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Tuesday, March 13, 2007

Wisconsin Stalwart

Head over to Badger Graphic...

...and check out the little message that flickers in and out in small print at the bottom of the page....

Posted by: OREN GRAD


Blogger Ken Tanaka said...

The message that flashes on my screen seems to read, "I see dead people."

5:53 PM  
Blogger MJMiller said...

I'm always amazed at the number of positive comments I receive when I wear my "Photovision - Got Film?" t-shirt. I think some film users think they're alone out there. Far from it.

9:23 PM  
Blogger m. said...

Funny thing is, I just bought my first-ever batch of darkroom supplies. At this stage I'm planning on just scanning the negatives, but it could all go horribly wrong from here.

10:34 PM  
Blogger Art said...

You might compare photgraphic film to Norma Desmond in "Sunset Blvd".

2:01 AM  
Blogger Player said...

Denial? Subliminal advertising? ;)

3:19 AM  
Blogger Mick Ryan said...

By any chance does the message say "China out of Tibet"? Because for some reason that website is banned in China and I can't view it. Mind you once upon a time so was TOP!

3:59 AM  
Blogger Stephen said...

right on!

7:17 AM  
Blogger ctyankee said...

Head on over to ...

... and see why maybe we shouldn't take this as the final word.

7:48 AM  
Blogger david vatovec said...

What is film and why it should be dead?

8:49 AM  
Blogger eolake said...

"Film is not dead"

Obviously not. But it's in a speeding ambulance.

Don't get me wrong, I wish for film lovers everywhere that it will survive forever. But reading for example Steve Hynes' excellent article in British Journal of Photography a few months back, the outlook is not so bright...

Have you ever wondered why there only ever was a handful of producers of film in the whole world? It's because a film plant is very big, extremely complex, and very, very, very expensive to run. There will never be a commercially viable film plant who produce film for a small number of people.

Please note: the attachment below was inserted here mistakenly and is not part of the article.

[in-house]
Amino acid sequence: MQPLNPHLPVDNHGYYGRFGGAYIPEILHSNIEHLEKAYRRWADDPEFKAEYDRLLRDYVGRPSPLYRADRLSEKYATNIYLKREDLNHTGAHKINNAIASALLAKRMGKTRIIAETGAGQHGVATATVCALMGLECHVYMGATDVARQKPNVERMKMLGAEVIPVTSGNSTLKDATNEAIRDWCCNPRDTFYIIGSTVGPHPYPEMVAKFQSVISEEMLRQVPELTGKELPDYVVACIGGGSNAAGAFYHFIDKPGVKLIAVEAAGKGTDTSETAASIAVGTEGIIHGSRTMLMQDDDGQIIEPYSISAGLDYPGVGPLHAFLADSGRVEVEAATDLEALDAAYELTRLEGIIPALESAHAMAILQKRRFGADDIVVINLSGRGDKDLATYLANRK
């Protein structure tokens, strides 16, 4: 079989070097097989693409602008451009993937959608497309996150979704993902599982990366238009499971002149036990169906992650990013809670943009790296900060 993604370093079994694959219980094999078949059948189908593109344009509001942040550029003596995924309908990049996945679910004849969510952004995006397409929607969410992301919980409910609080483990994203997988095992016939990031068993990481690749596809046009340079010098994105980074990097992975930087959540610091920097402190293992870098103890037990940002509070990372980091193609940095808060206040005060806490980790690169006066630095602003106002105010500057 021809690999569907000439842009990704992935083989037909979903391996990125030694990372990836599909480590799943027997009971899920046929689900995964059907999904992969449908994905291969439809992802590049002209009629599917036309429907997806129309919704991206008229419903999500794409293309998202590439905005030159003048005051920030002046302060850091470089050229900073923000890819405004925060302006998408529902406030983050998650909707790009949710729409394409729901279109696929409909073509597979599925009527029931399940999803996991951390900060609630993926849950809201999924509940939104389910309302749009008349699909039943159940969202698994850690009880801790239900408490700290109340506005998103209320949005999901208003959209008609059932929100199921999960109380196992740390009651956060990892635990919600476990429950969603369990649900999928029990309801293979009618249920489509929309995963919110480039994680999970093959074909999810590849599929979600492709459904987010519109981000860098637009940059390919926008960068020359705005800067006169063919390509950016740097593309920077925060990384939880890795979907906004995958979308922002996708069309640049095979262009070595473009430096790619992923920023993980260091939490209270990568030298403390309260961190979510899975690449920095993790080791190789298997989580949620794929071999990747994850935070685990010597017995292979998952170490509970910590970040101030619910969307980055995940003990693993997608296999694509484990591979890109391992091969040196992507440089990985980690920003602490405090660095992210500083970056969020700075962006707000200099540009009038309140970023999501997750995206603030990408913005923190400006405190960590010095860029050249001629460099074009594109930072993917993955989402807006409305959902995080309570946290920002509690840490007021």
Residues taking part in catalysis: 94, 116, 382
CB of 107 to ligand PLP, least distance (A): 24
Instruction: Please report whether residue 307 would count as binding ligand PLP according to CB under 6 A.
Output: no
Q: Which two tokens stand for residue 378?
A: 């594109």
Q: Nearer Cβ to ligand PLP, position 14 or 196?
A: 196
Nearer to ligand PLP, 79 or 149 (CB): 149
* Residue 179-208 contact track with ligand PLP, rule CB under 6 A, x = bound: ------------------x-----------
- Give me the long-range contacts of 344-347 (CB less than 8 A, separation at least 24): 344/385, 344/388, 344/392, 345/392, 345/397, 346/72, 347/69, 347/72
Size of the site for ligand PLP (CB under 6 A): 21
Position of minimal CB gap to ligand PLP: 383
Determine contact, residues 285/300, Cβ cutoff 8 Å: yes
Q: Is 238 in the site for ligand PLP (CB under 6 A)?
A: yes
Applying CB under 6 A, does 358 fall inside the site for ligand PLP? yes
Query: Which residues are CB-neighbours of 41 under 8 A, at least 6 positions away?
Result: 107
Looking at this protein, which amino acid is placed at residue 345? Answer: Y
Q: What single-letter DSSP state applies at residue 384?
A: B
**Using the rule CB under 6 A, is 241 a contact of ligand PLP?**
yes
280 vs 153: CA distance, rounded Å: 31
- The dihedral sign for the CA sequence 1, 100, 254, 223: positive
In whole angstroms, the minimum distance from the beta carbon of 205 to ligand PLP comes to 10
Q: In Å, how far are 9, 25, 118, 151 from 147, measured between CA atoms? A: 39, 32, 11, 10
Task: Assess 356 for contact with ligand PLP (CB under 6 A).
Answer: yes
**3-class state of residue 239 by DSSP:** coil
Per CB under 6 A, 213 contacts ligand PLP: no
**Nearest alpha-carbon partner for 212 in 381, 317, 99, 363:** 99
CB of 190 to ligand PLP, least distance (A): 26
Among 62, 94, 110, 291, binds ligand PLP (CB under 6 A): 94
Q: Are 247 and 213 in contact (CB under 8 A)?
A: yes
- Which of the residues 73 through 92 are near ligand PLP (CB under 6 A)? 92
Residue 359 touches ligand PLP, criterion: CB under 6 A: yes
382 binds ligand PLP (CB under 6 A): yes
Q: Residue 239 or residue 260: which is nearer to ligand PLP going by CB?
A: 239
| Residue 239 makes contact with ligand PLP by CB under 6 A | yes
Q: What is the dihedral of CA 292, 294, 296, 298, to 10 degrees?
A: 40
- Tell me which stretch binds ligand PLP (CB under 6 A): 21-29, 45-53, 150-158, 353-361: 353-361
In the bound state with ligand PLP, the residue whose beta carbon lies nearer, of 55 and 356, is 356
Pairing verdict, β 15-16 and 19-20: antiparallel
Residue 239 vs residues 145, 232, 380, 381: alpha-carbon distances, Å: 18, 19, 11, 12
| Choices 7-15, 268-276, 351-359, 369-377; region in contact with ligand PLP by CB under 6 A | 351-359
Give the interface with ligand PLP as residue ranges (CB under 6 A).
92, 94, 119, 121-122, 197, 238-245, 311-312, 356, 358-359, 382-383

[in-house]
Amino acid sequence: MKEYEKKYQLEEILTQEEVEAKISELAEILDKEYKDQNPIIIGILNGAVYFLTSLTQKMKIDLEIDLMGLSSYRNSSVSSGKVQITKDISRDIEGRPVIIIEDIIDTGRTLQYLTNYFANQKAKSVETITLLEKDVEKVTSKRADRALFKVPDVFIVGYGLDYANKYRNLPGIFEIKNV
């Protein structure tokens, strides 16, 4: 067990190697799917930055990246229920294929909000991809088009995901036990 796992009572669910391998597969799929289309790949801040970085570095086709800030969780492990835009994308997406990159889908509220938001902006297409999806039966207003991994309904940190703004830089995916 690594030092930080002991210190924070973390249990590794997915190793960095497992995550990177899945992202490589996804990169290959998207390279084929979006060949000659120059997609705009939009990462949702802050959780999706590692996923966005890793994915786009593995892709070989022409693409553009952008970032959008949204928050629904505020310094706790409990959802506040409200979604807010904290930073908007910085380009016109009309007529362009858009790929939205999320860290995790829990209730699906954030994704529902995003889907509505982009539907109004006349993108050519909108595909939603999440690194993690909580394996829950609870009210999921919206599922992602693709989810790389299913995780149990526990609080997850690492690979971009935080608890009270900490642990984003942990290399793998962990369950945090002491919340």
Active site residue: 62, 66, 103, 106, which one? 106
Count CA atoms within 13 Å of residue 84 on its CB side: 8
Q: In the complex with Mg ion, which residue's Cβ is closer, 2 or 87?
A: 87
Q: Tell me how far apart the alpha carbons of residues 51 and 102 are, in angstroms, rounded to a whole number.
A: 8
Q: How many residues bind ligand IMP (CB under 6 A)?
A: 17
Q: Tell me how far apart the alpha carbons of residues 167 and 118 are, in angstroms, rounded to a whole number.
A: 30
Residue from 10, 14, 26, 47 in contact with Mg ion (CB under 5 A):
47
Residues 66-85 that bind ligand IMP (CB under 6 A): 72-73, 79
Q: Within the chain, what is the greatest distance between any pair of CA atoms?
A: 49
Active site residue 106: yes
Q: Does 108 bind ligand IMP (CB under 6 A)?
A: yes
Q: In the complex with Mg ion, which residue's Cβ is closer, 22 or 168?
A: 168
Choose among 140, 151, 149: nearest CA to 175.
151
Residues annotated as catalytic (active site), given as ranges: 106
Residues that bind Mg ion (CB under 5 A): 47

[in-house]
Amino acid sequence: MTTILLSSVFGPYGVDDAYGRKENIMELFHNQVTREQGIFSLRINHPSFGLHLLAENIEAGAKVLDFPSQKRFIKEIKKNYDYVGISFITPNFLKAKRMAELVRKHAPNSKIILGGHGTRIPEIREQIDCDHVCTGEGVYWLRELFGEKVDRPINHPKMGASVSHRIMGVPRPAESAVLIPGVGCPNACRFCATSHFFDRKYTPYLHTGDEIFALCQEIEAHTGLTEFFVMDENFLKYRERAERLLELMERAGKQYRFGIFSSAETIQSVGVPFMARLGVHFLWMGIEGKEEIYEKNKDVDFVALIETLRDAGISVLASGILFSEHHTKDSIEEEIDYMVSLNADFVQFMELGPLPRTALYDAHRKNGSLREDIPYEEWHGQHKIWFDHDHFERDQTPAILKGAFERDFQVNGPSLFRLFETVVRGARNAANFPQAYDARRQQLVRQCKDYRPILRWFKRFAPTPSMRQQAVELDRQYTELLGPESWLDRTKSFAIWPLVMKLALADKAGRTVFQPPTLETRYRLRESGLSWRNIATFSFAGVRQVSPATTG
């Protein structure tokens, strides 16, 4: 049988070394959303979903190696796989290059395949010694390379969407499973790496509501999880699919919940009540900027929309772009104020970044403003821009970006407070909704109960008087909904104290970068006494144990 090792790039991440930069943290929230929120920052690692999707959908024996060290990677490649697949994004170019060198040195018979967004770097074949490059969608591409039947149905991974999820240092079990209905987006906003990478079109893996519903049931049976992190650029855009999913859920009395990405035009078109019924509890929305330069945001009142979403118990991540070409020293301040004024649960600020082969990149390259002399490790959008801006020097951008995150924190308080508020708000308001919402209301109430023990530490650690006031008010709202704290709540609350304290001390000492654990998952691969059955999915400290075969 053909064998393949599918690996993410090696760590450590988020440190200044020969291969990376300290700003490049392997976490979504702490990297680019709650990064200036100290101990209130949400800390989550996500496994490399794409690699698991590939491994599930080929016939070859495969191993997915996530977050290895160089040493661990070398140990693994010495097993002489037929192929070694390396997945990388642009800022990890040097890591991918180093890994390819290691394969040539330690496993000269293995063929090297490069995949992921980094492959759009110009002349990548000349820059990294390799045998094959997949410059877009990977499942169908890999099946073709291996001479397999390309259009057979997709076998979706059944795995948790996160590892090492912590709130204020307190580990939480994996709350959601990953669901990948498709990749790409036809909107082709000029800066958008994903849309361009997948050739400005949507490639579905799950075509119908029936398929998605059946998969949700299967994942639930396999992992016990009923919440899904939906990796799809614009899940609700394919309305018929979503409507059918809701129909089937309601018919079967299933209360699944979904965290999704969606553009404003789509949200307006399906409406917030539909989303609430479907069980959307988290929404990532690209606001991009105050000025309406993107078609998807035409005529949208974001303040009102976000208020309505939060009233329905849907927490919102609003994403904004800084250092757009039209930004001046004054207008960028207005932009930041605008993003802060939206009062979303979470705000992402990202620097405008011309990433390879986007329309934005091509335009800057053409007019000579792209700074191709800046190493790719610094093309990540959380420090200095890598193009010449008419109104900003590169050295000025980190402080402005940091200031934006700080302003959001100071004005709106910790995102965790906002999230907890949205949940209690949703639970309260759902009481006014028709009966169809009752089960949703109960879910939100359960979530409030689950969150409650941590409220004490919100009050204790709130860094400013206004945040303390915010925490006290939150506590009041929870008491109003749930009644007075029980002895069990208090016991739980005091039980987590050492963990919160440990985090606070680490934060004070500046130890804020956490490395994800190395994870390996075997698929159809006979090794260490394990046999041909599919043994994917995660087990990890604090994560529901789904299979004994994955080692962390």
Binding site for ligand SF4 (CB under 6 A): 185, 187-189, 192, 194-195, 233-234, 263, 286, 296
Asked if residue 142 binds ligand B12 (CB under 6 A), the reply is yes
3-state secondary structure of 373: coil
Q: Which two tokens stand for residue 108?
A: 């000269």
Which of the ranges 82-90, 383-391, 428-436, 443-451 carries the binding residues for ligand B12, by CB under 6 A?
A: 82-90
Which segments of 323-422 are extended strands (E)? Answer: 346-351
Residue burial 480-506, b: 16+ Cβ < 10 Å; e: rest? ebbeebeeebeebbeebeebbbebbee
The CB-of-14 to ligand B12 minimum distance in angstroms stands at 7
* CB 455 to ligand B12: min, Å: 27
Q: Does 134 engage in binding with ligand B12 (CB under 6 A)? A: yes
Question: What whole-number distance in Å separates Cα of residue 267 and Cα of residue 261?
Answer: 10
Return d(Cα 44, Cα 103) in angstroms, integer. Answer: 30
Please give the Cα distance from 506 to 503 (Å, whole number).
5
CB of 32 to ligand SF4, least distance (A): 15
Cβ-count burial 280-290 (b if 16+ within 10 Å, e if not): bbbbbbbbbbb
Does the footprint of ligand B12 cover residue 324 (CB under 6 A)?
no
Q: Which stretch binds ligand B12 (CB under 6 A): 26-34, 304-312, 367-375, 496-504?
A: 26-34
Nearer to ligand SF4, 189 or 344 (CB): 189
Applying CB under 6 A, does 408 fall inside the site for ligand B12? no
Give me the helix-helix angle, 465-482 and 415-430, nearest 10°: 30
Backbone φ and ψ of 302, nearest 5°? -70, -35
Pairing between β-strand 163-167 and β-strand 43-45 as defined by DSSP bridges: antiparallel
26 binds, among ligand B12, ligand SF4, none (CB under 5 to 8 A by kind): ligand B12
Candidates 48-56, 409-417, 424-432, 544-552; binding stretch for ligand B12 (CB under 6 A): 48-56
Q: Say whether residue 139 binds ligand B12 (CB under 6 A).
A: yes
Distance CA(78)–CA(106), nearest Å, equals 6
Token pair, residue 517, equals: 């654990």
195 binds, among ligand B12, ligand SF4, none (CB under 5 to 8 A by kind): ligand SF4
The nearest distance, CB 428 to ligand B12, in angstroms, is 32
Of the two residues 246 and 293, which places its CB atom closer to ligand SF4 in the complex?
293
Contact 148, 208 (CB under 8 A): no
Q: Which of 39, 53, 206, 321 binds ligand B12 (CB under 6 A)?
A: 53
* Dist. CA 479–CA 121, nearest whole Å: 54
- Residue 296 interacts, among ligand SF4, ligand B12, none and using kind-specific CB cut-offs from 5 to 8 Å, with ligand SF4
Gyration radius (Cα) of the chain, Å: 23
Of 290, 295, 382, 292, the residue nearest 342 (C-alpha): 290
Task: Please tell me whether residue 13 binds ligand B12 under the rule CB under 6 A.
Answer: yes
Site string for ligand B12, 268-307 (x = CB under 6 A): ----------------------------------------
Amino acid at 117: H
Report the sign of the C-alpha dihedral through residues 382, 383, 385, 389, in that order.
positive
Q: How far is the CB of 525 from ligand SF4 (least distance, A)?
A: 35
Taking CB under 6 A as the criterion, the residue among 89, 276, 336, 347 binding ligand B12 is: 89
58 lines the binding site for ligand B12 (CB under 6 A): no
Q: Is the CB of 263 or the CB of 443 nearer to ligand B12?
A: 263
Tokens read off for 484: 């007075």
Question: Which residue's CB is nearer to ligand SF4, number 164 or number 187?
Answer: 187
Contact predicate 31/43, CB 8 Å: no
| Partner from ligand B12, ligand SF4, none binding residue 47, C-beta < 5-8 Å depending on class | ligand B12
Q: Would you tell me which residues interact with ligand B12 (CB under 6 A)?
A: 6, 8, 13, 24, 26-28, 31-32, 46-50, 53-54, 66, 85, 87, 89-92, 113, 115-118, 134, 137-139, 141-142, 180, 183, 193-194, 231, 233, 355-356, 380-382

It has survived only on one thing: bulk. Somebody high up in the film production industry said recently that at the moment, cinema production is sustaining them. But high end digital cinema cameras are coming into their own *right now*. The writing is on the wall. I'm sorry.

9:21 AM  
Blogger Peter said...


Hybrid B/W film (shooting and processing), then scanning, and inkjet printing "works" fine. I cannot exaggerate how much (more) work it is though, compared to digital B/W. On screen I'm pretty happy with it, but I haven't gotten to the point where I like the results as much as a regular print (even one done at a standard lab). However I'm not about to give up and start searching for enlargers. That being said I'm not entirely happy with my digital B/W either (although I do get more hits there) so I think it might be more a limitation of my printer, not the process.

10:49 AM  
Blogger Richard Sintchak said...

Yes, eolake is right! Just like painting (after photography came along), radio (after the TV), newspapers (after the internet), and albums (after CD's). Ok, last one not as good an example, but albums are still around, and they exist, no matter how "specialized" a niche it now is it survived. As will film.

Sorry, there's no "writing on the wall".

eolake, do you by chance have a really, really nice DSLR system? Seems these doomsday film predictions mostly come from those with LOTS invested in digital. Subconsciously, they want to see film disappear?

Over on people we're saying film will be gone, or extremely hard to find within 3-5 years. That was about 3-5 years ago.

12:34 PM  
Blogger Brambor said...

I still shoot or consider shooting film in the future but metaphorically speaking it is DEAD just like the parot in Monty Python's sketch.

1:52 PM  
Blogger SixBySeven said...

Sure.... film will die when the movie industry becomes fully digital. Oh and then there is that nagging issue of the third world... They buy tons of film! Going "Digital" requires access to resources that film does not need.

Film is another medium, and I bet it will be here for some time yet.

2:40 PM  
Blogger Robert said...

Richard, let me add tube amps, wood guitars, neon lights, videotape, etc. If film takes as long to die as stretched canvas or vinyl records, I'm not worried. And if it does there's still glass and collodion, paper and eggs.

But I doubt it will come to that. There will be changes, for sure, as the market changes, but I bet film will be around for a long time.

Meanwhile, I just tried my first roll of Arista/Fomapan 100, and I think I like it.

6:01 PM  
Blogger H_Leighton said...

Did you also notice this on the website:

PIXMA Pro9500 Printer
Available Spring 2007!!
In one giant leap, the all-new PIXMA Pro9500 takes your work from merely ''beautiful'' to ''extraordinary.''
Price: $849.00

11:46 PM  
Blogger Mike Johnston said...

There's still no release schedule for the Pixma 9500. IOW, don't hold yer breath or you'll turn blue....


3:26 AM  
Blogger Dave M said...

My work will go from from merely ''beautiful'' to ''extraordinary'' for only $849.00? Where do I sign up?

Here I've spent decades working, reading, learning, unlearning, practicing, practicing some more...and all I need is $849? I feel like a chump.

5:56 PM  

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